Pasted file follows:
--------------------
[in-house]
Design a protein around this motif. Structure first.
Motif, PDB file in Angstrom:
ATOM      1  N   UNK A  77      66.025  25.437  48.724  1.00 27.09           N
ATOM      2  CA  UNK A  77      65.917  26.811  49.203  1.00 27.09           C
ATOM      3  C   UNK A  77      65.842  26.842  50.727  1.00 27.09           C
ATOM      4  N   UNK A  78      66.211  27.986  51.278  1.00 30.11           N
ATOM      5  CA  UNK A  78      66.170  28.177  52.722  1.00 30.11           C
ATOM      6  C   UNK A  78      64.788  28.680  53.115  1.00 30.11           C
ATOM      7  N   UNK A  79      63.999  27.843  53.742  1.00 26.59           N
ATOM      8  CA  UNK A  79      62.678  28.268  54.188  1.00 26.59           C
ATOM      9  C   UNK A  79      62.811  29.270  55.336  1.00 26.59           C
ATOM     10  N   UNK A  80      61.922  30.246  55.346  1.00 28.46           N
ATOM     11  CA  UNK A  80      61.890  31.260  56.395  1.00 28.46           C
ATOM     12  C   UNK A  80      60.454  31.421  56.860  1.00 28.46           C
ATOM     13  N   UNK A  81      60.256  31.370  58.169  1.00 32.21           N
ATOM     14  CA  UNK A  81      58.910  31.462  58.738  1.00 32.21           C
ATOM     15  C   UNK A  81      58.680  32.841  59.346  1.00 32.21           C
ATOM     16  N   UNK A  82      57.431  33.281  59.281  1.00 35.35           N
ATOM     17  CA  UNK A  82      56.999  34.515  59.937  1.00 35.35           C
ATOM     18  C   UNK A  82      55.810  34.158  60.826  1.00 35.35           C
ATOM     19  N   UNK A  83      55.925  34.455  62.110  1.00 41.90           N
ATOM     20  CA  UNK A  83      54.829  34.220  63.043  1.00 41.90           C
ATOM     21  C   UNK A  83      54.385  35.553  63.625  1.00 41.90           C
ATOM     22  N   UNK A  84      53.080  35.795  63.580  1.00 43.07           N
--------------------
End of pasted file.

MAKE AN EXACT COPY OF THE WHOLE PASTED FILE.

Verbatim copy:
[in-house]
Design a protein around this motif. Structure first.
Motif, PDB file in Angstrom:
ATOM      1  N   UNK A  77      66.025  25.437  48.724  1.00 27.09           N
ATOM      2  CA  UNK A  77      65.917  26.811  49.203  1.00 27.09           C
ATOM      3  C   UNK A  77      65.842  26.842  50.727  1.00 27.09           C
ATOM      4  N   UNK A  78      66.211  27.986  51.278  1.00 30.11           N
ATOM      5  CA  UNK A  78      66.170  28.177  52.722  1.00 30.11           C
ATOM      6  C   UNK A  78      64.788  28.680  53.115  1.00 30.11           C
ATOM      7  N   UNK A  79      63.999  27.843  53.742  1.00 26.59           N
ATOM      8  CA  UNK A  79      62.678  28.268  54.188  1.00 26.59           C
ATOM      9  C   UNK A  79      62.811  29.270  55.336  1.00 26.59           C
ATOM     10  N   UNK A  80      61.922  30.246  55.346  1.00 28.46           N
ATOM     11  CA  UNK A  80      61.890  31.260  56.395  1.00 28.46           C
ATOM     12  C   UNK A  80      60.454  31.421  56.860  1.00 28.46           C
ATOM     13  N   UNK A  81      60.256  31.370  58.169  1.00 32.21           N
ATOM     14  CA  UNK A  81      58.910  31.462  58.738  1.00 32.21           C
ATOM     15  C   UNK A  81      58.680  32.841  59.346  1.00 32.21           C
ATOM     16  N   UNK A  82      57.431  33.281  59.281  1.00 35.35           N
ATOM     17  CA  UNK A  82      56.999  34.515  59.937  1.00 35.35           C
ATOM     18  C   UNK A  82      55.810  34.158  60.826  1.00 35.35           C
ATOM     19  N   UNK A  83      55.925  34.455  62.110  1.00 41.90           N
ATOM     20  CA  UNK A  83      54.829  34.220  63.043  1.00 41.90           C
ATOM     21  C   UNK A  83      54.385  35.553  63.625  1.00 41.90           C
ATOM     22  N   UNK A  84      53.080  35.795  63.580  1.00 43.07           N